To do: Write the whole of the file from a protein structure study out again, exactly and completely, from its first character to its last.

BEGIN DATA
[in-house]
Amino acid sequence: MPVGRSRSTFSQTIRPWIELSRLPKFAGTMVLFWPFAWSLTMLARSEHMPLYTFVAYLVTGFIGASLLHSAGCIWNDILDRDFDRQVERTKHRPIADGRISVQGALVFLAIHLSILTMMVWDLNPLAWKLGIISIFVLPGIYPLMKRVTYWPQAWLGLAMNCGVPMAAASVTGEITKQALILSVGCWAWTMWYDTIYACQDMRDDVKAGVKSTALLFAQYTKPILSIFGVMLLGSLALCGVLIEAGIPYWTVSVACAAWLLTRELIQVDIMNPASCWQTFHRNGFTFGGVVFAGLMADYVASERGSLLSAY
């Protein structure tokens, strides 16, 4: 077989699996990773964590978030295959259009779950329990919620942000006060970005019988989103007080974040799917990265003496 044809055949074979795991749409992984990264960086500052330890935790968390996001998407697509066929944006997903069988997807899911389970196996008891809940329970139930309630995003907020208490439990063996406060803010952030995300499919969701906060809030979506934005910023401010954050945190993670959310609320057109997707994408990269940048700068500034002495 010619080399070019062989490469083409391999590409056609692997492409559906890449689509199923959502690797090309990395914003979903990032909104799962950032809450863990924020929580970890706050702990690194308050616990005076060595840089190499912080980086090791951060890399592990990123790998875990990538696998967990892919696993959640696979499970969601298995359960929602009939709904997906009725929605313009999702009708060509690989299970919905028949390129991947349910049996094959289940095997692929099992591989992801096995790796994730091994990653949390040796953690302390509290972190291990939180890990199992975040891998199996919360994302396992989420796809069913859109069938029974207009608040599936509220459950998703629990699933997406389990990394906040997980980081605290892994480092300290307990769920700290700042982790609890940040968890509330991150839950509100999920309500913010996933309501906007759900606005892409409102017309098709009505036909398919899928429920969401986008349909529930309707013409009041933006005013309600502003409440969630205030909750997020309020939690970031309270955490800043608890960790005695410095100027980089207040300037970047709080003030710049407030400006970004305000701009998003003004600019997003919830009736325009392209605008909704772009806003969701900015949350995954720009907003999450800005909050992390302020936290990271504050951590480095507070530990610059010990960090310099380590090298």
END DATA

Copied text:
[in-house]
Amino acid sequence: MPVGRSRSTFSQTIRPWIELSRLPKFAGTMVLFWPFAWSLTMLARSEHMPLYTFVAYLVTGFIGASLLHSAGCIWNDILDRDFDRQVERTKHRPIADGRISVQGALVFLAIHLSILTMMVWDLNPLAWKLGIISIFVLPGIYPLMKRVTYWPQAWLGLAMNCGVPMAAASVTGEITKQALILSVGCWAWTMWYDTIYACQDMRDDVKAGVKSTALLFAQYTKPILSIFGVMLLGSLALCGVLIEAGIPYWTVSVACAAWLLTRELIQVDIMNPASCWQTFHRNGFTFGGVVFAGLMADYVASERGSLLSAY
């Protein structure tokens, strides 16, 4: 077989699996990773964590978030295959259009779950329990919620942000006060970005019988989103007080974040799917990265003496 044809055949074979795991749409992984990264960086500052330890935790968390996001998407697509066929944006997903069988997807899911389970196996008891809940329970139930309630995003907020208490439990063996406060803010952030995300499919969701906060809030979506934005910023401010954050945190993670959310609320057109997707994408990269940048700068500034002495 010619080399070019062989490469083409391999590409056609692997492409559906890449689509199923959502690797090309990395914003979903990032909104799962950032809450863990924020929580970890706050702990690194308050616990005076060595840089190499912080980086090791951060890399592990990123790998875990990538696998967990892919696993959640696979499970969601298995359960929602009939709904997906009725929605313009999702009708060509690989299970919905028949390129991947349910049996094959289940095997692929099992591989992801096995790796994730091994990653949390040796953690302390509290972190291990939180890990199992975040891998199996919360994302396992989420796809069913859109069938029974207009608040599936509220459950998703629990699933997406389990990394906040997980980081605290892994480092300290307990769920700290700042982790609890940040968890509330991150839950509100999920309500913010996933309501906007759900606005892409409102017309098709009505036909398919899928429920969401986008349909529930309707013409009041933006005013309600502003409440969630205030909750997020309020939690970031309270955490800043608890960790005695410095100027980089207040300037970047709080003030710049407030400006970004305000701009998003003004600019997003919830009736325009392209605008909704772009806003969701900015949350995954720009907003999450800005909050992390302020936290990271504050951590480095507070530990610059010990960090310099380590090298």